Bubble Land is a Facebook game from Qublix. It led the pack in our list of emerging Facebook games at the end of last week, and is available to the public now, though the game is not listed in Facebook’s App Center — searching for “Bubble Land” brings up a selection of other bubble shooters, but not this one.
Bubble Land promises the opportunity to “play bubbles in a whole new way,” which is a rather bold claim given that the majority of bubble shooters on Facebook all use near-identical mechanics. And indeed the same is true here — players fire colored bubbles from a cannon at the bottom of the screen in an attempt to make matches of three or more like-colored bubbles. The only real twist on the usual formula — which normally requires players to either clear the screen or clear a certain number of bubbles from the top row of the screen — is the victory condition for each level: players must drop all the bird-imprisoning cages from about the stage to succeed.
Bubble Land attempts to distinguish itself in a couple of other ways, too, though most of these are mechanics that have been seen many times before in the genre. Prior to starting each level, for example, players may purchase powerups using soft currency. These powerups include the ability to extend the “aim line” to better judge tricky deflection shots; additional available bubbles with which to complete the level; or a more effective “fever mode.” The latter is triggered when the player makes three matches in a row that cause bubbles to fall from the level, at which point a groundhog pops out of the floor and provides the player with several bombs to fling at the bubbles. The “fever mode” is an obvious homage to PopCap’s Peggle both in its name and the remix of Beethoven’s “Ode to Joy” that plays while it is active — for those unfamiliar with PopCap’s title, Peggle went into “Extreme Fever” mode when a level was near completion, accompanied by a full orchestral version of Ode to Joy.
During a level, players may also spend hard currency on various booster items that give them an advantage. These vary from a “paint bubble,” which paints all adjacent bubbles the same color as the one it hits, to a “meteor bubble” that destroys everything in its path. Players may also spend hard currency on scrolling tall levels up to get a better look at off-screen bubbles, or on purchasing specific-color bubbles to immediately use. This latter feature is essentially a “pay to win” system, almost completely removing all challenge and/or sense of chance from the game by simply allowing players to purchase the bubble they need at any given moment rather than having to deal with what they are given.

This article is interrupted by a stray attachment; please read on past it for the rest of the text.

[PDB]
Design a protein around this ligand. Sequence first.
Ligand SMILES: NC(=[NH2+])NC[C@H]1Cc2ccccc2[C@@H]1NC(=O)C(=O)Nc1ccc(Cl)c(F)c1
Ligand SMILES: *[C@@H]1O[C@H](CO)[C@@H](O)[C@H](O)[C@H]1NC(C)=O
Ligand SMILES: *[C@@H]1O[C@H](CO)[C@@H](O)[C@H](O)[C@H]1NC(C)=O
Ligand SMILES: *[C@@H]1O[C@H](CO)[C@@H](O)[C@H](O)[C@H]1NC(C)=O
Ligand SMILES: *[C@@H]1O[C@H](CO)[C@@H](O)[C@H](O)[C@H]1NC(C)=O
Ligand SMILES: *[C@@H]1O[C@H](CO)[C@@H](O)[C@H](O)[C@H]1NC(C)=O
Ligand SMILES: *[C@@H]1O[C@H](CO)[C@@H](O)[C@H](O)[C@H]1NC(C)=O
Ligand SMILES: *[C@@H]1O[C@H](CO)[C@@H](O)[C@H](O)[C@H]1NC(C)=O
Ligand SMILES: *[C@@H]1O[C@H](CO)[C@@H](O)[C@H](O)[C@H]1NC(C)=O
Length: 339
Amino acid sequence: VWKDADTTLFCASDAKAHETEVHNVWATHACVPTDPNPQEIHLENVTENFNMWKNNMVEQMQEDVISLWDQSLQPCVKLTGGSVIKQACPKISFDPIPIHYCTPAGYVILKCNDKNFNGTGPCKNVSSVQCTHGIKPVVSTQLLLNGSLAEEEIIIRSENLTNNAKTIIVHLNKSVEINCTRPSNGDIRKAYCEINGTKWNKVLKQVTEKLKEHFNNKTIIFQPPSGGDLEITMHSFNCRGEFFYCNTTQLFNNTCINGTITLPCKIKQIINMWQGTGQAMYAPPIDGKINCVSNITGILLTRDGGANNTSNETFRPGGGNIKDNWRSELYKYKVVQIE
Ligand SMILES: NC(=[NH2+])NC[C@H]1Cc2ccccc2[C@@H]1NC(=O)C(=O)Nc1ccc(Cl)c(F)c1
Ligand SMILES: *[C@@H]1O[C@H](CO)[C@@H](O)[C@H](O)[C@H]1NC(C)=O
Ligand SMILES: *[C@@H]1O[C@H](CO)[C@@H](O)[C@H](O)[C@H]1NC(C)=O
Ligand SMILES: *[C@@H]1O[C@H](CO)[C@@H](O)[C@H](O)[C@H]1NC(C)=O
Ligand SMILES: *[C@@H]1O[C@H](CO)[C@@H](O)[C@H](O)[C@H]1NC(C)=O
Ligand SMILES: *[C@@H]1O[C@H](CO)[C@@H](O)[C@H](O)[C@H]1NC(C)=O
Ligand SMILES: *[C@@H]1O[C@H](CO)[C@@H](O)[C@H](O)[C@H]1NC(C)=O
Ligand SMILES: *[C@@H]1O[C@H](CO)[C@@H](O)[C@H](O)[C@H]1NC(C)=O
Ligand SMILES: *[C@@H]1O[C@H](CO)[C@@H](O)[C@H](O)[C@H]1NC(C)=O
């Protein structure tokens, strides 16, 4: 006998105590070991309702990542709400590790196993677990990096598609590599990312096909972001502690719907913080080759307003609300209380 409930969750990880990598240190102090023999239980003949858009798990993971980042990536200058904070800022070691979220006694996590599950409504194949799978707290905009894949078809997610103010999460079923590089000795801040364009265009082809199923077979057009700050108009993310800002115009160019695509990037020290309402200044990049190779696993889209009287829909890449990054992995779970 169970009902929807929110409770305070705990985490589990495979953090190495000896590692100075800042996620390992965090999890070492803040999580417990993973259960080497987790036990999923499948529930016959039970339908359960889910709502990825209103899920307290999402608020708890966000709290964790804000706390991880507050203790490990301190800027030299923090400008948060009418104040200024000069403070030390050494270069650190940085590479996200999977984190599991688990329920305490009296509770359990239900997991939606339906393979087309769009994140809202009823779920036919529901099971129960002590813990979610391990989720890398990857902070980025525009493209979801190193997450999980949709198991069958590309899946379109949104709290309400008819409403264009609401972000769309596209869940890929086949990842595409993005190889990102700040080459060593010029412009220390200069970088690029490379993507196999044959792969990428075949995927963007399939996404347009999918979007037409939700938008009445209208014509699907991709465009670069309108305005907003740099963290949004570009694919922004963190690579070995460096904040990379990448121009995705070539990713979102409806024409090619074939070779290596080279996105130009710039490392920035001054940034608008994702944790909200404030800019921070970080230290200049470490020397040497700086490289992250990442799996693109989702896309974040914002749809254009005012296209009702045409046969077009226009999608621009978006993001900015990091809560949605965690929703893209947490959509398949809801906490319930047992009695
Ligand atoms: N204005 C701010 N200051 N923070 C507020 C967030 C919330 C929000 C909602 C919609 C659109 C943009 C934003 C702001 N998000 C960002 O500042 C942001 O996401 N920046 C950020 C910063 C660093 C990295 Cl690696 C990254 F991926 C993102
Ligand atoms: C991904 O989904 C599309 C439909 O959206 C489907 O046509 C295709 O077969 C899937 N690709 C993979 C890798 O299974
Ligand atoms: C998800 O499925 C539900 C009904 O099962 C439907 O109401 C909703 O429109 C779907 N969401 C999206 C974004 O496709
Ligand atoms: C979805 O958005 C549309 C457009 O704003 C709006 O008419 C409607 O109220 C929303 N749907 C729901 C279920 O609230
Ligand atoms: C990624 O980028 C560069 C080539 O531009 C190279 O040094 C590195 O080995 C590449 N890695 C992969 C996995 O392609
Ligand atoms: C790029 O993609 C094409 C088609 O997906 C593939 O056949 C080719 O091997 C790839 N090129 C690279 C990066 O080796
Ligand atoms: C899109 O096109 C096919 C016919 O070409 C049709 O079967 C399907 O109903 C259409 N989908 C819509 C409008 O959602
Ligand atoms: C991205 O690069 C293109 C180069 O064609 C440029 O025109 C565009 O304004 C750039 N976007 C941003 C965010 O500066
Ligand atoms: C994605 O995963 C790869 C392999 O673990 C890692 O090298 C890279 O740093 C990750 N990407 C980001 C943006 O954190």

Additional monetization comes from the game’s “lives” system, which depletes by one every time the player fails to complete a level successfully. Lives restore over time or may be topped up by paying directly with Facebook Credits — hard currency may not be used for this, which seems a little unfair. The player has the option to purchase unlimited lives for 24 hours for $5, or unlimited lives for a a week for $20. This is relatively expensive when compared to equivalent standalone downloadable puzzle games for PC and Mac. Refusing to pay prompts the player to watch an advert in exchange for a free life, though this may be dismissed as well if desired.
Social features for the game include a leaderboard for each and every level, plus the ability to share achievements after completing a level. The game also pops up an obtrusive “nag screen” of some description between every single level, either asking the player to invite their friends to play or Like the game on Facebook. Players may also send gifts to their friends, which include extra lives or two of the premium “booster” bubbles that can normally only be purchased with hard currency during play. Friends are also occasionally required to progress further in the game, much like in King.com’s titles.
As a bubble shooter, the game itself is fairly competent and is certainly presented well, with good animations and decent-quality (if extremely repetitive) sound. There are a few issues that mar enjoyment, however. On the technical side of things, the game refuses to remember player’s preferences for sound settings, meaning that even if the player turns off the music, it will be back the next time they start the game. On the gameplay front, significant balancing issues mean that it is extremely difficult to attain three-star ratings on the early levels which do not have many bubbles available to pop, while on later, more complex levels it is much easier to do so. It does not feel as if the game mechanics have been thoroughly tested in this regard.
Ultimately, Bubble Land is just yet another unremarkable entry in an oversaturated genre. While its presentation is good and its gameplay is competent, there’s little here to recommend it above more well-established, already-successful titles such as King.com’s Bubble Witch Saga. Consequently, this is one to skip.
Bubble Land currently occupies the 100,000+ MAU tier with a rank of 1,416 and the 100,000+ DAU tier with a rank of 461. Follow its progress with AppData, our tracking service for social games and developers.
Another by-the-numbers bubble shooter fails to distinguish itself from its growing number of rivals.